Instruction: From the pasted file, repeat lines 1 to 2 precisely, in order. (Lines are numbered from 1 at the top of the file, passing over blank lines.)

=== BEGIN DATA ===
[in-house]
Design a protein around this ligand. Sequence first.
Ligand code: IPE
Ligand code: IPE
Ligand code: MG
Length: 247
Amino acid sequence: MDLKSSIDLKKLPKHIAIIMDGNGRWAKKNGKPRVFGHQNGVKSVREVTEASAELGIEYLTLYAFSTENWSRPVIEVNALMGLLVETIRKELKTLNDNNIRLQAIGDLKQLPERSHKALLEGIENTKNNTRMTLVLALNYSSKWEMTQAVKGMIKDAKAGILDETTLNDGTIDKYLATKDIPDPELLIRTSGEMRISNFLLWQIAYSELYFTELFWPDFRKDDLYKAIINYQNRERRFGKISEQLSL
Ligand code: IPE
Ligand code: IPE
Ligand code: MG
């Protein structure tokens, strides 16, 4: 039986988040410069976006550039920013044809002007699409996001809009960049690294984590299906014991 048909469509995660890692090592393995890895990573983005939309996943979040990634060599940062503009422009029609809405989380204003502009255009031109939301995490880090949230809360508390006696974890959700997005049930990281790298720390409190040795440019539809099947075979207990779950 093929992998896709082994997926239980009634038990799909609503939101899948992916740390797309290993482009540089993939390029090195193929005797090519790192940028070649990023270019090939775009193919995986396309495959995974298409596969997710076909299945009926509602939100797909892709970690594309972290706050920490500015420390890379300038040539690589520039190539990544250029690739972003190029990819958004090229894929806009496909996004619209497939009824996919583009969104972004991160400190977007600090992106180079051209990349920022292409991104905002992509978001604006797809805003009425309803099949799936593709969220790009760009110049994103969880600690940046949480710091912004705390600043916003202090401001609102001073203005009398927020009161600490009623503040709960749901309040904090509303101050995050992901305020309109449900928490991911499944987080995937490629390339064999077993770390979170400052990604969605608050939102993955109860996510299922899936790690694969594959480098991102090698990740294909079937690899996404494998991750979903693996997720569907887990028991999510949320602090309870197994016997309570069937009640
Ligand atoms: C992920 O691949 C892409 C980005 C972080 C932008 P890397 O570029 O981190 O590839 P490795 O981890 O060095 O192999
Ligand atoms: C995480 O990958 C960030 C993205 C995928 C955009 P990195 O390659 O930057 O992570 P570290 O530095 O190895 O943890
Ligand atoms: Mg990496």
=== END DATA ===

[in-house]
Design a protein around this ligand. Sequence first.